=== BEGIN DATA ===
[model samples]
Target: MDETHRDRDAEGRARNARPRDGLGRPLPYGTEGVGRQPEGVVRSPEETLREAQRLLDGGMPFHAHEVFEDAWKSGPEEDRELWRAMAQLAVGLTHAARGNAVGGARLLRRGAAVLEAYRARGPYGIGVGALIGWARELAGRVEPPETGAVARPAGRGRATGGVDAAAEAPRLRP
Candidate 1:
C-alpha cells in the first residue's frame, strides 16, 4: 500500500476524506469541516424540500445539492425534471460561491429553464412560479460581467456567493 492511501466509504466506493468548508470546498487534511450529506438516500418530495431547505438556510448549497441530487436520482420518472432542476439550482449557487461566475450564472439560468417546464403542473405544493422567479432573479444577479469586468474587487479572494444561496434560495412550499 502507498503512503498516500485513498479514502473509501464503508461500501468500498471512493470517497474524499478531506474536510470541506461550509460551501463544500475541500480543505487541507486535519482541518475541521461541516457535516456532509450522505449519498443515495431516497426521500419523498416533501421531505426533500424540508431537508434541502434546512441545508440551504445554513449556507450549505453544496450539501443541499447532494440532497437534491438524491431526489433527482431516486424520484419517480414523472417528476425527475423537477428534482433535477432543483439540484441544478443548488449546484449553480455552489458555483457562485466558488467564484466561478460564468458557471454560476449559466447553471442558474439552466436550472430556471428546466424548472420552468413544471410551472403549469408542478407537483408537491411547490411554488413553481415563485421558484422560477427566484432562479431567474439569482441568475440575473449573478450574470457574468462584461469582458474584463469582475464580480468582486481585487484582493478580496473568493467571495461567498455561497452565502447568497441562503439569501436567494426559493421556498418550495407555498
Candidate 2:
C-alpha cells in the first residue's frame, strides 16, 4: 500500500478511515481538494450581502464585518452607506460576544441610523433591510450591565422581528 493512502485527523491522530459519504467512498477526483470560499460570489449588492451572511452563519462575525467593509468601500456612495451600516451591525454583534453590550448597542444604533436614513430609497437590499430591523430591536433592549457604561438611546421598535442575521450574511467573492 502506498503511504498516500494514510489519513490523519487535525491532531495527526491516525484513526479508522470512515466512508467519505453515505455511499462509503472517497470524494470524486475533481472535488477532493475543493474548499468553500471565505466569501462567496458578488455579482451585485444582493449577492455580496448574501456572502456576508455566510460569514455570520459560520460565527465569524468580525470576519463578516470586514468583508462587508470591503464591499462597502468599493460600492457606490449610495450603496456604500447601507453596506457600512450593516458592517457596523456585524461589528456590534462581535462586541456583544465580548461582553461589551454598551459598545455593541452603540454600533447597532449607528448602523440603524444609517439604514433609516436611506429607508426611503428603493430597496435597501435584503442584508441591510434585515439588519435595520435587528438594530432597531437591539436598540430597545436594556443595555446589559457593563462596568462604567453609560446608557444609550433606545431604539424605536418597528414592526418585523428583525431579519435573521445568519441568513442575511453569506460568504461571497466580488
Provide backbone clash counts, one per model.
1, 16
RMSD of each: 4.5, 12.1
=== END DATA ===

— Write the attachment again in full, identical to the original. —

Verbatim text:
[model samples]
Target: MDETHRDRDAEGRARNARPRDGLGRPLPYGTEGVGRQPEGVVRSPEETLREAQRLLDGGMPFHAHEVFEDAWKSGPEEDRELWRAMAQLAVGLTHAARGNAVGGARLLRRGAAVLEAYRARGPYGIGVGALIGWARELAGRVEPPETGAVARPAGRGRATGGVDAAAEAPRLRP
Candidate 1:
C-alpha cells in the first residue's frame, strides 16, 4: 500500500476524506469541516424540500445539492425534471460561491429553464412560479460581467456567493 492511501466509504466506493468548508470546498487534511450529506438516500418530495431547505438556510448549497441530487436520482420518472432542476439550482449557487461566475450564472439560468417546464403542473405544493422567479432573479444577479469586468474587487479572494444561496434560495412550499 502507498503512503498516500485513498479514502473509501464503508461500501468500498471512493470517497474524499478531506474536510470541506461550509460551501463544500475541500480543505487541507486535519482541518475541521461541516457535516456532509450522505449519498443515495431516497426521500419523498416533501421531505426533500424540508431537508434541502434546512441545508440551504445554513449556507450549505453544496450539501443541499447532494440532497437534491438524491431526489433527482431516486424520484419517480414523472417528476425527475423537477428534482433535477432543483439540484441544478443548488449546484449553480455552489458555483457562485466558488467564484466561478460564468458557471454560476449559466447553471442558474439552466436550472430556471428546466424548472420552468413544471410551472403549469408542478407537483408537491411547490411554488413553481415563485421558484422560477427566484432562479431567474439569482441568475440575473449573478450574470457574468462584461469582458474584463469582475464580480468582486481585487484582493478580496473568493467571495461567498455561497452565502447568497441562503439569501436567494426559493421556498418550495407555498
Candidate 2:
C-alpha cells in the first residue's frame, strides 16, 4: 500500500478511515481538494450581502464585518452607506460576544441610523433591510450591565422581528 493512502485527523491522530459519504467512498477526483470560499460570489449588492451572511452563519462575525467593509468601500456612495451600516451591525454583534453590550448597542444604533436614513430609497437590499430591523430591536433592549457604561438611546421598535442575521450574511467573492 502506498503511504498516500494514510489519513490523519487535525491532531495527526491516525484513526479508522470512515466512508467519505453515505455511499462509503472517497470524494470524486475533481472535488477532493475543493474548499468553500471565505466569501462567496458578488455579482451585485444582493449577492455580496448574501456572502456576508455566510460569514455570520459560520460565527465569524468580525470576519463578516470586514468583508462587508470591503464591499462597502468599493460600492457606490449610495450603496456604500447601507453596506457600512450593516458592517457596523456585524461589528456590534462581535462586541456583544465580548461582553461589551454598551459598545455593541452603540454600533447597532449607528448602523440603524444609517439604514433609516436611506429607508426611503428603493430597496435597501435584503442584508441591510434585515439588519435595520435587528438594530432597531437591539436598540430597545436594556443595555446589559457593563462596568462604567453609560446608557444609550433606545431604539424605536418597528414592526418585523428583525431579519435573521445568519441568513442575511453569506460568504461571497466580488
Provide backbone clash counts, one per model.
1, 16
RMSD of each: 4.5, 12.1